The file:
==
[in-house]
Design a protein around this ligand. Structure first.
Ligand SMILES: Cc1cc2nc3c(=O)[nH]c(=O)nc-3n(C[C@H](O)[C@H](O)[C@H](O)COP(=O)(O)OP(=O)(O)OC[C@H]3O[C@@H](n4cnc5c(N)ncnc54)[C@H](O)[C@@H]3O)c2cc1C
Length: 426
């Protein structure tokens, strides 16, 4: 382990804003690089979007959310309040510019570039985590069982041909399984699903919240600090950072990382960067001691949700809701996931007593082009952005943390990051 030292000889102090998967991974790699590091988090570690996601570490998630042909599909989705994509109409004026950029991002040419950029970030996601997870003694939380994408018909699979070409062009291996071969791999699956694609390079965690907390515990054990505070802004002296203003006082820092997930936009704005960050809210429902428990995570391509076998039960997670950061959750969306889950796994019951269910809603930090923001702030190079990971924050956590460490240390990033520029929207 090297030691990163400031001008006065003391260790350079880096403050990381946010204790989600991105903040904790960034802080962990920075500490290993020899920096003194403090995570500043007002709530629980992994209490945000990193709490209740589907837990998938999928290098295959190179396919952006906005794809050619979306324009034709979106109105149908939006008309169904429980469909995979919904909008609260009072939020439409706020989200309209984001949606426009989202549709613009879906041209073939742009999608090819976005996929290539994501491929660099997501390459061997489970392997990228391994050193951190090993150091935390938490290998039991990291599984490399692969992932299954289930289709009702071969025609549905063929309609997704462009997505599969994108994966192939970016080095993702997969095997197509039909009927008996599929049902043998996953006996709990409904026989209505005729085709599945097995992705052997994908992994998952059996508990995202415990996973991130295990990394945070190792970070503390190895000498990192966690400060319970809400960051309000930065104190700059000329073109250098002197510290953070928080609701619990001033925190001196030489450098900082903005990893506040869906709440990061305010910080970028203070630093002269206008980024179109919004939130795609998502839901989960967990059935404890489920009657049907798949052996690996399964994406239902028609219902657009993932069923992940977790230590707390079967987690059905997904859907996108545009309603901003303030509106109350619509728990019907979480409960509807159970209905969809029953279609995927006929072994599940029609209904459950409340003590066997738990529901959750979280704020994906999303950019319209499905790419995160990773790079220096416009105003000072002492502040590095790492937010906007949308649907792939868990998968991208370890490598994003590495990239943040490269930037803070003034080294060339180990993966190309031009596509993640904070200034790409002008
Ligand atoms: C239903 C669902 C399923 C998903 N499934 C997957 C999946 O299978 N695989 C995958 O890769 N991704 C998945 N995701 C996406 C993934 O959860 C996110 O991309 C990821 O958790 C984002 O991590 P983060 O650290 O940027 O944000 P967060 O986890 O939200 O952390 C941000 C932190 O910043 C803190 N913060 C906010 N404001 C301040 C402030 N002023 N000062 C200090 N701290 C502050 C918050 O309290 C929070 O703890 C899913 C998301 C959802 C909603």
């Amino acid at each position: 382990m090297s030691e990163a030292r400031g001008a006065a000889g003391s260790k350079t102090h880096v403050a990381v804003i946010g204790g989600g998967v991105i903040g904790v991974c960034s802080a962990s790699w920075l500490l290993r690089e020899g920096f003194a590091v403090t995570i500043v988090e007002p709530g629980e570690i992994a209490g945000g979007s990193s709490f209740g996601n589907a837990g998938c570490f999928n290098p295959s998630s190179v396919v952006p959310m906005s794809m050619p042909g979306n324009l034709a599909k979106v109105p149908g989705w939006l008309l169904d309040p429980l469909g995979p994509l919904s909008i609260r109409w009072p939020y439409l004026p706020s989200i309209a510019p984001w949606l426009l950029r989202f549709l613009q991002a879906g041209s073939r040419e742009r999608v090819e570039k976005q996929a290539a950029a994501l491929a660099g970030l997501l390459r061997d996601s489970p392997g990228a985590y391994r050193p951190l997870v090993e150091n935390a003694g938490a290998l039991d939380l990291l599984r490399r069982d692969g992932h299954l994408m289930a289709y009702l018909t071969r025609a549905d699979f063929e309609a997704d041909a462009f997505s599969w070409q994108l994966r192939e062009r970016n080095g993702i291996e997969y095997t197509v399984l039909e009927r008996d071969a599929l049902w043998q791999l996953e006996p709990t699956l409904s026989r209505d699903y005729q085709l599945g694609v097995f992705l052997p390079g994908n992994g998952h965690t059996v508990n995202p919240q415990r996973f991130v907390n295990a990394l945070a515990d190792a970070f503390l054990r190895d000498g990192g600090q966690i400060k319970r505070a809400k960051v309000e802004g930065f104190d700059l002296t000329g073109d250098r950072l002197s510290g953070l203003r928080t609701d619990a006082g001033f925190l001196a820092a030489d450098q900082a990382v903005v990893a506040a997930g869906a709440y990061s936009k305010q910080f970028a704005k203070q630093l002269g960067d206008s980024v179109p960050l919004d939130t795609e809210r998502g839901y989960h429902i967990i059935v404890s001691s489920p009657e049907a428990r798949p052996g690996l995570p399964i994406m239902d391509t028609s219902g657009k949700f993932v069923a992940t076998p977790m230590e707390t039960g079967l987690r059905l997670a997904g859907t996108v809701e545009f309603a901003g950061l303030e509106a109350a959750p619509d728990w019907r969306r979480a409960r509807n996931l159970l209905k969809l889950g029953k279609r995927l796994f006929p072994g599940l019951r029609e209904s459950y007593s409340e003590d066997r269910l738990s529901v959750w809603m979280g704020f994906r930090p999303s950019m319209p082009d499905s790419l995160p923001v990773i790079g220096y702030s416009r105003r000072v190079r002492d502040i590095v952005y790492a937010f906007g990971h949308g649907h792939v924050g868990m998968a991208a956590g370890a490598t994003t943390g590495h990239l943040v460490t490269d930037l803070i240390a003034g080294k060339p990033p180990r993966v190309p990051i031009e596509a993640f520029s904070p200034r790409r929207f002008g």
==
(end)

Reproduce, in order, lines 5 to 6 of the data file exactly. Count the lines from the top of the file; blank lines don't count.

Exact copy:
């Protein structure tokens, strides 16, 4: 382990804003690089979007959310309040510019570039985590069982041909399984699903919240600090950072990382960067001691949700809701996931007593082009952005943390990051 030292000889102090998967991974790699590091988090570690996601570490998630042909599909989705994509109409004026950029991002040419950029970030996601997870003694939380994408018909699979070409062009291996071969791999699956694609390079965690907390515990054990505070802004002296203003006082820092997930936009704005960050809210429902428990995570391509076998039960997670950061959750969306889950796994019951269910809603930090923001702030190079990971924050956590460490240390990033520029929207 090297030691990163400031001008006065003391260790350079880096403050990381946010204790989600991105903040904790960034802080962990920075500490290993020899920096003194403090995570500043007002709530629980992994209490945000990193709490209740589907837990998938999928290098295959190179396919952006906005794809050619979306324009034709979106109105149908939006008309169904429980469909995979919904909008609260009072939020439409706020989200309209984001949606426009989202549709613009879906041209073939742009999608090819976005996929290539994501491929660099997501390459061997489970392997990228391994050193951190090993150091935390938490290998039991990291599984490399692969992932299954289930289709009702071969025609549905063929309609997704462009997505599969994108994966192939970016080095993702997969095997197509039909009927008996599929049902043998996953006996709990409904026989209505005729085709599945097995992705052997994908992994998952059996508990995202415990996973991130295990990394945070190792970070503390190895000498990192966690400060319970809400960051309000930065104190700059000329073109250098002197510290953070928080609701619990001033925190001196030489450098900082903005990893506040869906709440990061305010910080970028203070630093002269206008980024179109919004939130795609998502839901989960967990059935404890489920009657049907798949052996690996399964994406239902028609219902657009993932069923992940977790230590707390079967987690059905997904859907996108545009309603901003303030509106109350619509728990019907979480409960509807159970209905969809029953279609995927006929072994599940029609209904459950409340003590066997738990529901959750979280704020994906999303950019319209499905790419995160990773790079220096416009105003000072002492502040590095790492937010906007949308649907792939868990998968991208370890490598994003590495990239943040490269930037803070003034080294060339180990993966190309031009596509993640904070200034790409002008
Ligand atoms: C239903 C669902 C399923 C998903 N499934 C997957 C999946 O299978 N695989 C995958 O890769 N991704 C998945 N995701 C996406 C993934 O959860 C996110 O991309 C990821 O958790 C984002 O991590 P983060 O650290 O940027 O944000 P967060 O986890 O939200 O952390 C941000 C932190 O910043 C803190 N913060 C906010 N404001 C301040 C402030 N002023 N000062 C200090 N701290 C502050 C918050 O309290 C929070 O703890 C899913 C998301 C959802 C909603």